The iPod Touch is a compact and convenient touch screen MP3 player, lending itself to accompanying you wherever you go. Unfortunately, this may also lead to the unit getting wet. The iPod Touch contains moisture indicators, letting Apple techs know when internals have been exposed to a liquid. Although water damage is not covered under Apple's product warranty, and exposure to water may irrevocably damage the device, there are a few steps you can take to remove the moisture and try to save your iPod.
Should you drop your iPod Touch in water, turn the unit off by holding down the power button on top of the device. Slide the red on-screen slider to the right to shut the device off when prompted. Surround the device in a dry towel or cloth, allowing external moisture to be absorbed before it enters the device. Immediately remove any peripherals from the device, such as headphones, cases or external battery packs, to drain excess liquid from charging or headphone ports before it seeps into the main body of the unit.
Immediately immerse the entire device with rubbing alcohol for five to 10 minutes. The alcohol draws water out of the unit. Use a plate or bowl to keep it immersed. When the alcohol dries, it dries any absorbed water with it. If the unit has been splashed, you may wipe the unit down thoroughly with alcohol and a cotton ball. Use dry cotton swabs to get into ports and seams on the unit. This process also has the useful side effect of cleaning the device. Allow the unit 24 to 48 hours to dry in a desiccant such as rice or silica gel, ensuring any remaining water is drawn out of the unit. Do not use acetone or nail polish remover, as this is harmful to plastics.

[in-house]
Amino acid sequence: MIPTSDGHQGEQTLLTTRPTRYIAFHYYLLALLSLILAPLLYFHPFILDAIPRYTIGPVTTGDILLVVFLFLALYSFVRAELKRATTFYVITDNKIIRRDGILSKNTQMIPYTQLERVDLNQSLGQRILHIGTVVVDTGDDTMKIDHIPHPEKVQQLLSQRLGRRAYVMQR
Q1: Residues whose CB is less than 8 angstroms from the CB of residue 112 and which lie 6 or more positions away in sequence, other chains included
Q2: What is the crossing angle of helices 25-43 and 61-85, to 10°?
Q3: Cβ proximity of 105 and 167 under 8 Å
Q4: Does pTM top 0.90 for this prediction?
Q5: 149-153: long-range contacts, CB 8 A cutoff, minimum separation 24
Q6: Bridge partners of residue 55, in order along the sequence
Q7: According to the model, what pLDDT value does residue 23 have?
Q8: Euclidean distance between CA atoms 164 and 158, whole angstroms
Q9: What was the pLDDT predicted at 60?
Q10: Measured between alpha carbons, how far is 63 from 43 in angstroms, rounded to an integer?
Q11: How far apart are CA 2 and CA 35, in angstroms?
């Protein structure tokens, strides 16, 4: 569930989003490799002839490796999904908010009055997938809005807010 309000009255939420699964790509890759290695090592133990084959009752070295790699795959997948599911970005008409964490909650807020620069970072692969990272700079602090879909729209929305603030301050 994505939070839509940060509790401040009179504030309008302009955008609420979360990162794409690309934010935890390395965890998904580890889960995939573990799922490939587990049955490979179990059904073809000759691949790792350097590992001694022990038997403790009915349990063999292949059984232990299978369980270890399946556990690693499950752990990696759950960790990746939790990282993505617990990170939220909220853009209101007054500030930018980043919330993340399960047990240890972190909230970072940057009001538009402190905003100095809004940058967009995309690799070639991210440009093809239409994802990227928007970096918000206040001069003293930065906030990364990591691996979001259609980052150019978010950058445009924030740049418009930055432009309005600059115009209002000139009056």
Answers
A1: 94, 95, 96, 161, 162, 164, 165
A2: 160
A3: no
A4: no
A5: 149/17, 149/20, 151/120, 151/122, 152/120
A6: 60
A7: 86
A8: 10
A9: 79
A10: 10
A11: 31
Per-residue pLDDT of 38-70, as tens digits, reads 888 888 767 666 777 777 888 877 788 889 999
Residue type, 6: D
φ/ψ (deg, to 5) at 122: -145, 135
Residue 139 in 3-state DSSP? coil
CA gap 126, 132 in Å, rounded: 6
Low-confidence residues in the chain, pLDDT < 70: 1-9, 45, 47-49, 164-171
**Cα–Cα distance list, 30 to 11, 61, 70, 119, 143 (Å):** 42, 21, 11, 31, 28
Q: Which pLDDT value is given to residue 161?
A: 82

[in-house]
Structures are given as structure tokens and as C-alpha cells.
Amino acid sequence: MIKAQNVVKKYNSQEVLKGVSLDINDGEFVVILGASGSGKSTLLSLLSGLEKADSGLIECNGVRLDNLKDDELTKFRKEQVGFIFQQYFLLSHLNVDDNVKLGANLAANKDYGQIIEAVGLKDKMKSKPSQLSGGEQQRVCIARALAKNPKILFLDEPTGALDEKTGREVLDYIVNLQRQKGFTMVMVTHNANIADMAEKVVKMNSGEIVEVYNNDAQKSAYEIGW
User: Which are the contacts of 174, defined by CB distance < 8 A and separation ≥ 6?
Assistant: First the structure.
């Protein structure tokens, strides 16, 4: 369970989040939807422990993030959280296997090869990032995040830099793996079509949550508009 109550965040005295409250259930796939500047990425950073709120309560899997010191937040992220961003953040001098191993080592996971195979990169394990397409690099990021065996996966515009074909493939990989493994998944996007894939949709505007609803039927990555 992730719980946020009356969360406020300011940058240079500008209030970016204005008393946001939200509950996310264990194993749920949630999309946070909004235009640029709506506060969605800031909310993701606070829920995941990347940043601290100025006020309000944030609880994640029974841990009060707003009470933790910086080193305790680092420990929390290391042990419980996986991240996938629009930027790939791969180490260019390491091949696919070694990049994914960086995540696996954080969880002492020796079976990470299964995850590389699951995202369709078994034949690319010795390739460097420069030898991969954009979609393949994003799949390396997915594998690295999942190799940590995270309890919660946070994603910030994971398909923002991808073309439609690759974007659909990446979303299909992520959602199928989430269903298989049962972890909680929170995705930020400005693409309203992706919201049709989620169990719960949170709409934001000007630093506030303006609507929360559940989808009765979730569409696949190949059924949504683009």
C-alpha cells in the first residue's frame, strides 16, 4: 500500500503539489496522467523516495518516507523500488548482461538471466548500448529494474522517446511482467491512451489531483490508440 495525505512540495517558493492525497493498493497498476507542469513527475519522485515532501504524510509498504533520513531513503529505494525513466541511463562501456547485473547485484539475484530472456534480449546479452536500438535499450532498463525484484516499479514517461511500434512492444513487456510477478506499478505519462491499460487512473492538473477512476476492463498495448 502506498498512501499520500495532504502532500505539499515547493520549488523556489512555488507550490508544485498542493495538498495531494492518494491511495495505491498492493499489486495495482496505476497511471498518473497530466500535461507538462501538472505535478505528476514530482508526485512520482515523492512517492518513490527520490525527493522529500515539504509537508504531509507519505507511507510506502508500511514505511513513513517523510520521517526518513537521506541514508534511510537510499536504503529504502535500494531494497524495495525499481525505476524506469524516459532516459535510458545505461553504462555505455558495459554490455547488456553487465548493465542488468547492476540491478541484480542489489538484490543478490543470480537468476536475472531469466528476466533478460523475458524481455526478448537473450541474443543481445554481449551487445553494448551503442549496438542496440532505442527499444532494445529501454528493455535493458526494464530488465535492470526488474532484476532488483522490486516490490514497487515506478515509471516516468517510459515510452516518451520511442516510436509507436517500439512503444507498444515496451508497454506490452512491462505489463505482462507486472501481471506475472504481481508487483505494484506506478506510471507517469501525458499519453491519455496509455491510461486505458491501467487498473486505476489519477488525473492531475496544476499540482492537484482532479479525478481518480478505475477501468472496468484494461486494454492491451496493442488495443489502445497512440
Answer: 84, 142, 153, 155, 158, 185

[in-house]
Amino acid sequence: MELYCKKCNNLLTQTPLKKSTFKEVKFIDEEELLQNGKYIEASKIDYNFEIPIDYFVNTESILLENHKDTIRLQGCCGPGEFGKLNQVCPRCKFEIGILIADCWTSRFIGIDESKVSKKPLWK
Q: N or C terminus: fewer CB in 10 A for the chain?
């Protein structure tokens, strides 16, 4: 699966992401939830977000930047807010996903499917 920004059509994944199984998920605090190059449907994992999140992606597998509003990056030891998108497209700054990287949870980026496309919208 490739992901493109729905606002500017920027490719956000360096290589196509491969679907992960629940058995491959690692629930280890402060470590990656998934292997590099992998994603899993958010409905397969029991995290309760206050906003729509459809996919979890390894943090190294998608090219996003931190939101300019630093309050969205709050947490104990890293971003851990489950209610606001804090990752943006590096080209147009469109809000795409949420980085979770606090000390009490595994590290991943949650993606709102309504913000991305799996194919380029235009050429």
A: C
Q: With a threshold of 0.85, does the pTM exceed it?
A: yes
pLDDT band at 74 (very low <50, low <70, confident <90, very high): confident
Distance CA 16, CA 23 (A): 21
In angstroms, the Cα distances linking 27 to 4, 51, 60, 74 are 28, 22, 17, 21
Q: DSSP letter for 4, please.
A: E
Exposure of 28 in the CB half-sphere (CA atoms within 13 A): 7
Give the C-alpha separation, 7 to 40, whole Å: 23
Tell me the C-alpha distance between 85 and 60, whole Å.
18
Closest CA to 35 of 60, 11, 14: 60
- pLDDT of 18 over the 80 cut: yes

A household remedy for a waterlogged iPod Touch is immersion in uncooked rice for a few days. The dry rice is extremely absorptive, and will draw water from the device. Place the rice and iPod into a zip-top plastic bag. Ensure the device is completely covered by the rice. Leave the iPod in the rice for at least 24 to 48 hours prior to turning it back on.
Silicon desiccant packets are commonly found in shoeboxes. Also known as silica gel, these highly-absorptive packets quickly draw away moisture from nearby material. If you have enough of them, surround the iPod with the packets in a bag or bowl. If these packets are not available you can immerse the iPod in a plastic bag surrounded by dust-free kitty litter.
What Not to Do
Never apply direct heat to the device. This includes hair dryers, heat guns, sunlight or open flame. The higher-than-normal temperatures may damage heat sensitive internal components, or loosen bonding agents inside the unit. Do not attempt to plug the unit in to a wall charger unless you have taken steps to dry the unit. Electricity passing though moisture in the device may completely ruin it. The iPod Touch does not have a removable battery, so attempting to disassemble the unit may simply cause additional unnecessary damage.
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